A ruling by the British government has placed a temporary ban on the export of a recently uncovered and highly unique 17th-century painting that features two female subjects of equal social class but different races. The, titled “Allegorical Painting of Two Ladies, English School,” is dated to around 1650 and was held by descent in the family of Tyrell-Kenyon, Barons Kenyon of Gredington. Recently, the painting sold at Trevanion, Fine Art and Antiques sale in June of 2021 for £220,000 (~$291,000), and is currently valued at £272,800 (~$360,900). However, because of its highly unusual subject matter and subsequent historical significance, Minister for Arts Stephen Parkinson has taken the suggestion of the Reviewing Committee on the Export of Works of Art and Objects of Cultural Interest (RCEWA), and issued a hold on the export of the painting until March of 2022, in the hopes of finding a UK-based buyer for the work.
“This fascinating painting has so much to teach us about England in the 17th century, including in the important areas of race and gender, which rightly continue to attract attention and research today,” said Parkinson in a press release. “I hope a gallery or museum in the UK can be found to buy this painting for the nation, so that many more people can be part of the continuing research and discussion into it.”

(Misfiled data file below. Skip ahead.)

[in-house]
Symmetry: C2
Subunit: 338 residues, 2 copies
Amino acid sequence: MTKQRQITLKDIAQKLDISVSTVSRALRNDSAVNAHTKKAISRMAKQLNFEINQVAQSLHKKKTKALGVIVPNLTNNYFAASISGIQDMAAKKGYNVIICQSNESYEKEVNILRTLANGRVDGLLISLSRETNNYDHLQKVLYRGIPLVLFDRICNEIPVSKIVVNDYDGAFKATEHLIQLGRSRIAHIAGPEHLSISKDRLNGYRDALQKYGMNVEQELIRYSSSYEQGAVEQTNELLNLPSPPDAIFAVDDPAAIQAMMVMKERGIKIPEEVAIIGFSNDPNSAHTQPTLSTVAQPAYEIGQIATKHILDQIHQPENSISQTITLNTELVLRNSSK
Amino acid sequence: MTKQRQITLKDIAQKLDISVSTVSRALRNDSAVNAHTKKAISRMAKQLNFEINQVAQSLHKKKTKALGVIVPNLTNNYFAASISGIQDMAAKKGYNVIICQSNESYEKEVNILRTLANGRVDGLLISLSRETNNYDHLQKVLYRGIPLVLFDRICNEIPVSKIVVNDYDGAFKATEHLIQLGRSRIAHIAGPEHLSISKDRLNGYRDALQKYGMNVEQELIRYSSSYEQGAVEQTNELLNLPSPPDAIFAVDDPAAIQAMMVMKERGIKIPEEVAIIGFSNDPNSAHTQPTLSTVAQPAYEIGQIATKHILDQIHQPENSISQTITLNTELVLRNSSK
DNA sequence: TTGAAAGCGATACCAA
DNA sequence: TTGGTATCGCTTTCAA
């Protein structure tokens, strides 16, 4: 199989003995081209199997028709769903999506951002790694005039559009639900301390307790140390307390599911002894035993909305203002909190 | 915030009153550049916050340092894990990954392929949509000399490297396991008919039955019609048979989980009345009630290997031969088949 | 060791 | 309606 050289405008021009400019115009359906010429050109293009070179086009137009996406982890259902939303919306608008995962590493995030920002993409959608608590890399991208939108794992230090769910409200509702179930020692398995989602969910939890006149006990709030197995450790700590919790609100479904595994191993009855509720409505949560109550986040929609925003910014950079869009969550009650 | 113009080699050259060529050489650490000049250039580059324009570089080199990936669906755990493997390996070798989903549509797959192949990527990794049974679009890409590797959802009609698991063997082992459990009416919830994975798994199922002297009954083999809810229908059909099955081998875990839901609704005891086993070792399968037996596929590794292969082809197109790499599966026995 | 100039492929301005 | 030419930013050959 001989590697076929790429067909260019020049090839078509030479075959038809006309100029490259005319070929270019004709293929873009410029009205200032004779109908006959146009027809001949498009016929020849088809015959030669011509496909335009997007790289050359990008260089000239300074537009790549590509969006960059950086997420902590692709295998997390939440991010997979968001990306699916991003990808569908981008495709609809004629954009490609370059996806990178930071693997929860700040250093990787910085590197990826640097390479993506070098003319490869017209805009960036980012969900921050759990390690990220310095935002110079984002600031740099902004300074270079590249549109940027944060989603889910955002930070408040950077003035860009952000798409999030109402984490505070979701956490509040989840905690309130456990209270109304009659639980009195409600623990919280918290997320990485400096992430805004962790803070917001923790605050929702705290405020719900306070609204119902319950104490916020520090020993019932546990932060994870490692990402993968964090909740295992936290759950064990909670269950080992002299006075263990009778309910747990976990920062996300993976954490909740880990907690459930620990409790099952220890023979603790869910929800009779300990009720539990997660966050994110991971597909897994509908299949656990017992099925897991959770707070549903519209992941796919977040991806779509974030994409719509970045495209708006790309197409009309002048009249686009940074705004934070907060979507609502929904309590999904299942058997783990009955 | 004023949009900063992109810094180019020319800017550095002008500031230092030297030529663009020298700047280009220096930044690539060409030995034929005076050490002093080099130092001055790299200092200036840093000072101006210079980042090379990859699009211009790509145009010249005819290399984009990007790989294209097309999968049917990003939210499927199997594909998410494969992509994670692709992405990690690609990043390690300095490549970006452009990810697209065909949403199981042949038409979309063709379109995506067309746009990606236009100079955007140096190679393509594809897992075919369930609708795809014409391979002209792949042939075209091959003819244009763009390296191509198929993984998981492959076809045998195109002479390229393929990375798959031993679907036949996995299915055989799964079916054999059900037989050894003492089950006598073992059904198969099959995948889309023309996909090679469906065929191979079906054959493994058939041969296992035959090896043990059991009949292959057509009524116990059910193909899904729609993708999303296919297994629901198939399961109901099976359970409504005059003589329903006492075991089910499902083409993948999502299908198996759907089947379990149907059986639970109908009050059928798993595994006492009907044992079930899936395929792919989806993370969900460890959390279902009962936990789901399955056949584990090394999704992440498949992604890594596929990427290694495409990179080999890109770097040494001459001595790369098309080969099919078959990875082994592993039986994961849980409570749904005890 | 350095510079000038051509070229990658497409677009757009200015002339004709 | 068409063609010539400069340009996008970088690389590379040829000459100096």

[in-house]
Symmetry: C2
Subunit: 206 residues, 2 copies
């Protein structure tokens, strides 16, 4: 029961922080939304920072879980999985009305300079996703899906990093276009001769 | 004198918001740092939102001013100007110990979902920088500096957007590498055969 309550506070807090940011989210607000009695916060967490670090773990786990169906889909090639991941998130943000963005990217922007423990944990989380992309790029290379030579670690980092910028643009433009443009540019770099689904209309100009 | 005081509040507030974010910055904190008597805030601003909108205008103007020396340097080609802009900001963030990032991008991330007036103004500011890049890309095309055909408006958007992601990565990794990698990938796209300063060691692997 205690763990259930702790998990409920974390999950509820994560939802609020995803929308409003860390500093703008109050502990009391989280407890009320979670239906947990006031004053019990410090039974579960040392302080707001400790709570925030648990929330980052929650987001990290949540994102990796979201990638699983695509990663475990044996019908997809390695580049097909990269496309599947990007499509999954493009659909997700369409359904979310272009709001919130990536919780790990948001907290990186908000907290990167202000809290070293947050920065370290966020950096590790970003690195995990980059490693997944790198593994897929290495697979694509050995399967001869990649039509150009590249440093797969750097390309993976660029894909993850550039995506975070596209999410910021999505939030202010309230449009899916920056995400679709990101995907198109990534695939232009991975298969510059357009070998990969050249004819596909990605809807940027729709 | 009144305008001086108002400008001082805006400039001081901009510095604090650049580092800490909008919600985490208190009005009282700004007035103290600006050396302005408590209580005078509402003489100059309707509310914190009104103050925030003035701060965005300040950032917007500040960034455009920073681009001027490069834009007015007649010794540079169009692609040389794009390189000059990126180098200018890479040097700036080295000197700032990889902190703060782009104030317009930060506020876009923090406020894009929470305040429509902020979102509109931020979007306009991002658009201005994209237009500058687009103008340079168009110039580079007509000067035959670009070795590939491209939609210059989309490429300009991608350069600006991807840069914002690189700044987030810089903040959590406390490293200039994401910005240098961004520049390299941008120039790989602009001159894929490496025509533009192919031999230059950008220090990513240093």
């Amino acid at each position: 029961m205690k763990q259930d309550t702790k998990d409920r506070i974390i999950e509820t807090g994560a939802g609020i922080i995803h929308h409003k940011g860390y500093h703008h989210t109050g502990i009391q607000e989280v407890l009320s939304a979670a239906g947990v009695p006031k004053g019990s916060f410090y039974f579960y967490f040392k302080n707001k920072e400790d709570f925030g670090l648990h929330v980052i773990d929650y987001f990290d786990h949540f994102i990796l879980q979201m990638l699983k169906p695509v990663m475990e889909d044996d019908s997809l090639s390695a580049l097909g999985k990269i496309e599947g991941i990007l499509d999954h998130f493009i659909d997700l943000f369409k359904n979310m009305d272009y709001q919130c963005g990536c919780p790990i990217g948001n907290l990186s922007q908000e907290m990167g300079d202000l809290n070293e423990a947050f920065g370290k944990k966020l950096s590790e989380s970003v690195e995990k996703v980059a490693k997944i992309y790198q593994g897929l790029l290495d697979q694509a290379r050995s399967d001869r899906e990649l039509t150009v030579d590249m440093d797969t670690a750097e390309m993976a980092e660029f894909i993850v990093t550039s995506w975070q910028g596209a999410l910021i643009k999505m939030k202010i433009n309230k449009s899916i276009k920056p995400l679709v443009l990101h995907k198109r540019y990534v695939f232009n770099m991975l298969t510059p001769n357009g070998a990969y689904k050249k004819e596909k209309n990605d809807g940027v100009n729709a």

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The women in the painting are both dressed in glamorous, off-the-shoulder dresses and strands of pearls, and their faces are covered in scatterings of esoteric symbols that represent the fad of beauty patches, which many courtiers wore to cover scars from smallpox or other childhood afflictions. Although a popular trend at the time, the allegorical nature of the painting appears to lie in an inscription above the two women, which implicates wearing beauty patches as a sin of pride — a widespread opinion in the 17th century.
“This anonymous painting is a great rarity in British art, as a mid-seventeenth-century work that depicts a black woman and a white woman with equal status,” said RCEWA members Pippa Shirley and Christopher Baker in the statement. “It is not a portrait of real people, as far as we know, but the inscription reveals that it is in fact a sternly moralising picture that condemns the use of cosmetics, and specifically elaborate beauty patches, which were in vogue at the time.” One might observe that however radical the image may be, in terms of racial portraiture conventions, it still adheres to the age-old standard of telling women what to do with their bodies.
The committee made its recommendation on the grounds that the painting’s departure from the UK would be a misfortune because it is of outstanding significance to the study of race and gender in the 17th century.
“Although not distinguished artistically, its imagery relates in fascinating ways to contemporary stereotypes of women, fashion, and, through the juxtaposition of the figures, race,” said the statement from Shirley and Baker. “The fact that it has only recently emerged, and only one other related painting is known so far, and that it could be used to explore important aspects of black culture in seventeenth-century Britain, makes it particularly important that it remains in this country so that its meaning can be widely studied and understood.”